If your heater stops producing warm air and automatically shuts off, you might be wondering what’s wrong with it. Believe it or not, your coils may have frozen over. What? A frozen heater? It’s true; while it sounds like a ridiculous oxymoron, it’s possible for the coils in your heat pump to freeze over, causing your precious heater to stop functioning when you need it most. Let’s take a closer look at a few of the ways this can happen and how it works.
Causes of Frozen Heat Pump Coils
Your heat pump is a fairly complex piece of equipment that expands or compresses refrigerant in order to extract or radiate heat from the air around it. When you turn on your heater, the expansion of the refrigerant causes it to condense, which creates moisture on your coils. This moisture is what can turn into frost and eventually ice, resulting in your system freezing up and not working properly.
Generally, this freezing is caused when the coils receive inadequate airflow, but there are other causes as well. Here are three of the most common reasons you might have to deal with a frozen heat pump.
- Dirty air filter: It’s impossible to understate how important the air filter is to your system. When the air filter in your heater becomes too dirty, it doesn’t allow an adequate amount of air to flow through it, which means your coils won’t receive the amount of air they need to function properly. This can lead to all sorts of issues including overheating during summer, and, yes, freezing over during winter. It’s fairly simple to prevent this from happening: check your air filter every month and replace it as necessary.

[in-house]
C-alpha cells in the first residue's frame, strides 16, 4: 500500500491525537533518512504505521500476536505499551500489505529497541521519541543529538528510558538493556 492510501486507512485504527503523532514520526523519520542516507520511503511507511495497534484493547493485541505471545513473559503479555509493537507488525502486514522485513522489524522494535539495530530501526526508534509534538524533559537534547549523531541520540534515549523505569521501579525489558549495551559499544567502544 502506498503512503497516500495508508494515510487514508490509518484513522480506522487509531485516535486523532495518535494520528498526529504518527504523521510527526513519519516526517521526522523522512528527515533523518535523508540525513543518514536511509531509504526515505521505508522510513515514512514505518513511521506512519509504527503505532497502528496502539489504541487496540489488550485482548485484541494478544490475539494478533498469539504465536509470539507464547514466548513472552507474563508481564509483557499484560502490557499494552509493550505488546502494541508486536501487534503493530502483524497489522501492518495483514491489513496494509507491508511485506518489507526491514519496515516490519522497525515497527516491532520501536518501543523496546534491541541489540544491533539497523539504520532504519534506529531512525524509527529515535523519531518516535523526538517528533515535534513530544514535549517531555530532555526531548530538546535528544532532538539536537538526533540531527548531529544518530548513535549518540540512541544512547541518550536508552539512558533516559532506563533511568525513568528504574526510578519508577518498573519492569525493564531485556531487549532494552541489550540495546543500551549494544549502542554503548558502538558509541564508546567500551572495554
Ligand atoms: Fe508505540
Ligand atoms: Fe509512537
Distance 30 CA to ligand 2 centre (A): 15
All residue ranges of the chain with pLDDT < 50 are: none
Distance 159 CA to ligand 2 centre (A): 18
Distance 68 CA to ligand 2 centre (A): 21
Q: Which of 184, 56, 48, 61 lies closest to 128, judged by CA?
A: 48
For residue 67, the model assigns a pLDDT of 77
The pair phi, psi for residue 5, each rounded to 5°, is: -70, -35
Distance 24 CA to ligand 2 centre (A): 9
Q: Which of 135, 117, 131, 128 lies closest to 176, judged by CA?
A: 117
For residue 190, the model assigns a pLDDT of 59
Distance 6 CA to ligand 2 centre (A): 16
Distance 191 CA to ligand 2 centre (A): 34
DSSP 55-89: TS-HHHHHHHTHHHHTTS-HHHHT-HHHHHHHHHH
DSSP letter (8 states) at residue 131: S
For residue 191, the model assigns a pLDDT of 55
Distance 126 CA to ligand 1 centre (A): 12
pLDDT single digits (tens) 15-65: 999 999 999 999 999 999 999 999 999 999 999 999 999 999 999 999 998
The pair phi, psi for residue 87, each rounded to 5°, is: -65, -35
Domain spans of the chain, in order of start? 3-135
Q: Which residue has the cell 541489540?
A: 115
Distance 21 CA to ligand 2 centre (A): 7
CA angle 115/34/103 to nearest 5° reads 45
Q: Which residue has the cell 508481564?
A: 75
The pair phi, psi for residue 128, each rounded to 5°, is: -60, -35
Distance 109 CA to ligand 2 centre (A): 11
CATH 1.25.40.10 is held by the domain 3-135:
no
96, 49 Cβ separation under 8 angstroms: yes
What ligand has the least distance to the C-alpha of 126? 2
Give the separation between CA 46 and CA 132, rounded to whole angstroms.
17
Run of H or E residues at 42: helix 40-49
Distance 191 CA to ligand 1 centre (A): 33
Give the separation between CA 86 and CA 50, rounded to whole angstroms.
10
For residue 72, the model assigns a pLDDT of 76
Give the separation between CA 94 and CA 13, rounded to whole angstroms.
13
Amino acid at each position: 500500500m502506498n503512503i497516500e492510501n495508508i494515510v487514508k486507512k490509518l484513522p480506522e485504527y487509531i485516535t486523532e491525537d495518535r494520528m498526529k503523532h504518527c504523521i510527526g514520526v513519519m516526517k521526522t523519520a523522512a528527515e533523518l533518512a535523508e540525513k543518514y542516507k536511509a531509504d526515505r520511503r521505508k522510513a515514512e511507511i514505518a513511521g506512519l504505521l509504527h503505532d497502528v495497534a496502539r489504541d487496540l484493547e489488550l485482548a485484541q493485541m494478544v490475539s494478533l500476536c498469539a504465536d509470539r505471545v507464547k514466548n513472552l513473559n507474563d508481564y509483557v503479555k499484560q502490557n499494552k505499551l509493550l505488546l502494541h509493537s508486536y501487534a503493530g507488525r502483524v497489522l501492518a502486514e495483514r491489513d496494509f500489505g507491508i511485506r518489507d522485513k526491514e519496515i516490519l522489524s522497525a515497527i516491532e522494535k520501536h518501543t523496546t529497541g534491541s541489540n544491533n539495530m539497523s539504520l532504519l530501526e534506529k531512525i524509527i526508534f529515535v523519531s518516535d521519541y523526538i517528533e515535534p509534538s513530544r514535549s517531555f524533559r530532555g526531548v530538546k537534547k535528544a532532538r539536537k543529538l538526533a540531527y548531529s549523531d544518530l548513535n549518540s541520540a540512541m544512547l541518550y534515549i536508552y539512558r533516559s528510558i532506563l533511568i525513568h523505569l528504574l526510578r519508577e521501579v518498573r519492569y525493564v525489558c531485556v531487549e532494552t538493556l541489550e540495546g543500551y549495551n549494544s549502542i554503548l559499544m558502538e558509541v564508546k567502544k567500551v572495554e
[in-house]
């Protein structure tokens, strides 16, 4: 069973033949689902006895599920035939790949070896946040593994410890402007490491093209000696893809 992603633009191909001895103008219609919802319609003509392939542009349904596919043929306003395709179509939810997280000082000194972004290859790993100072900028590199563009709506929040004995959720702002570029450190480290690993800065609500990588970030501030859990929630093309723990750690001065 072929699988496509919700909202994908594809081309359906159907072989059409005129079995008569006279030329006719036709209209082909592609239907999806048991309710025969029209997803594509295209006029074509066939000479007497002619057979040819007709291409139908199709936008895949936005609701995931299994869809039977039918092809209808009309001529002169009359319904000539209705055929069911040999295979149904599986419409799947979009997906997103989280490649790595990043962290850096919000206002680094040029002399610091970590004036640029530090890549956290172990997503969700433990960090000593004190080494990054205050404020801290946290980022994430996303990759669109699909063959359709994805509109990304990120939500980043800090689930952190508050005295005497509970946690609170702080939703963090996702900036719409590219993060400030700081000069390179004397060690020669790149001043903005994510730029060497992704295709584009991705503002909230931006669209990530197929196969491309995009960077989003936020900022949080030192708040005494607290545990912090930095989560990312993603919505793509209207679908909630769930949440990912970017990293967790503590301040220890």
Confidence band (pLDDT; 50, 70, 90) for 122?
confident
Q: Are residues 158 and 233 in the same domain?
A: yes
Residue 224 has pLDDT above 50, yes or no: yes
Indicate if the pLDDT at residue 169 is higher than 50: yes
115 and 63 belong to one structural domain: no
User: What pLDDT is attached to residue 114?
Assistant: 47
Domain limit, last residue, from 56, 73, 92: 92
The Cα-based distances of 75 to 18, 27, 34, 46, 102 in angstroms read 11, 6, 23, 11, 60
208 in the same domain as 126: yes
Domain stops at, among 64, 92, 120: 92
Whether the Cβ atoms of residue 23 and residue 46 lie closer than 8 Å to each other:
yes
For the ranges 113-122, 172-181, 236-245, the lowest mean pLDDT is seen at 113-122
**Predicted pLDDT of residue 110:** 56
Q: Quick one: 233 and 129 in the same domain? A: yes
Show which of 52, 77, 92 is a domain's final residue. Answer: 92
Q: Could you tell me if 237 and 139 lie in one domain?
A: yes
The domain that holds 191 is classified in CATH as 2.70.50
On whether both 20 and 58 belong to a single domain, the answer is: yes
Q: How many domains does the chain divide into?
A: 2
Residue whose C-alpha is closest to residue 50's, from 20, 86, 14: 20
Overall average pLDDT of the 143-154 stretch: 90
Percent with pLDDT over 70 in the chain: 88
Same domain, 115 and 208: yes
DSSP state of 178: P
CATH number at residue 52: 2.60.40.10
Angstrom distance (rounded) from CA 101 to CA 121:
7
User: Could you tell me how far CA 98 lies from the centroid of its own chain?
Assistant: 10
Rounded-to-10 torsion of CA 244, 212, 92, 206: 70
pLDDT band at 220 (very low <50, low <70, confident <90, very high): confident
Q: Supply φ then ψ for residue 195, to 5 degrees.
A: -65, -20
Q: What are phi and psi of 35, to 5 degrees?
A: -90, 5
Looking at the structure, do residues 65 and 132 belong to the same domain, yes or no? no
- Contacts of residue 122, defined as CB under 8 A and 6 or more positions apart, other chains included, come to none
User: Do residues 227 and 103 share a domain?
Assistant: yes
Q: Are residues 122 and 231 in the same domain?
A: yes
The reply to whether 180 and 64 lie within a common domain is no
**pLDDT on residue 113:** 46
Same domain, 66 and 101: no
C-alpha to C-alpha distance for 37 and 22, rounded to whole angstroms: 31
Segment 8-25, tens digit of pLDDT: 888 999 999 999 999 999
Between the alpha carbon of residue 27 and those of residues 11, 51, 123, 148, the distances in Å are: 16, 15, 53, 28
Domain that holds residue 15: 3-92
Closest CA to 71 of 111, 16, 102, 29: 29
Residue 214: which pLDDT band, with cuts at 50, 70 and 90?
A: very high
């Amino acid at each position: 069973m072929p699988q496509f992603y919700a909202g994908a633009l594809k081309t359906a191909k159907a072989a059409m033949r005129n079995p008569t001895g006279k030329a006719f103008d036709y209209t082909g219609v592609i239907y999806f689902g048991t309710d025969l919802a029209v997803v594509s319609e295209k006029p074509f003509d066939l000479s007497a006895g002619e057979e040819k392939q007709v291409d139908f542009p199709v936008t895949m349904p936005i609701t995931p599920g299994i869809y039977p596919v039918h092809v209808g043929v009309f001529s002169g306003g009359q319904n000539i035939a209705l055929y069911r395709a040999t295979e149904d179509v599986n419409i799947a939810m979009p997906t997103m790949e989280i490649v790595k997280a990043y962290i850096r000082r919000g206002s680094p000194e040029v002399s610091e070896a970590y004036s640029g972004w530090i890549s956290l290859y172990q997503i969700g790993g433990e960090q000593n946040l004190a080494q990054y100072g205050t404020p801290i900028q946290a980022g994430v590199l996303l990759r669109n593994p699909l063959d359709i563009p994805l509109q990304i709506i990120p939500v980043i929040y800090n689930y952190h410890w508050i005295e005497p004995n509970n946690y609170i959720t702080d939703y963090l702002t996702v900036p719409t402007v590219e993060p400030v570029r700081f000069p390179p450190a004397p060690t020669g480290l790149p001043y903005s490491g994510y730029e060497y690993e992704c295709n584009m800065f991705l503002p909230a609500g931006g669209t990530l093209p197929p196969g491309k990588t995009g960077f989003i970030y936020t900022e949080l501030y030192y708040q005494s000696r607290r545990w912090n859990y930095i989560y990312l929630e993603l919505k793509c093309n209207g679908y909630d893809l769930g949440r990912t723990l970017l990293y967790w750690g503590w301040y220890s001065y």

- Dirty surrounding area: The area around your outdoor unit can become blocked up with dirt, dust, leaves, and snow, which can severely restrict airflow around your heat pump. Keep this area clean and clear; sweep away debris within at least a two-foot radius of your outdoor unit, and shovel away snow that gets in this area as well to ensure your system gets adequate airflow.
- Dirty coils: Water vapor condenses on your coils naturally as a part of the heating and cooling process, and that means a light layer of frost on your coils is perfectly normal. However, when your coils get dirty, they can’t adjust their temperature as consistently, and the frost can accumulate faster. This leads to a cascading “snowball” effect that eventually causes your coils to freeze over and your system to shut down until they’ve melted away.
Want to prevent your heat pump from freezing over? The easiest way is to have your system maintained by a Kerrville heating repairs specialist as soon as possible. A maintenance service includes cleaning and inspection of important components that could contribute to a coil freezing problem.Schedule your maintenance service today! Call 72 Degrees Air Conditioning & Heating at (830) 302-3140 to request a service appointment or receive an estimate!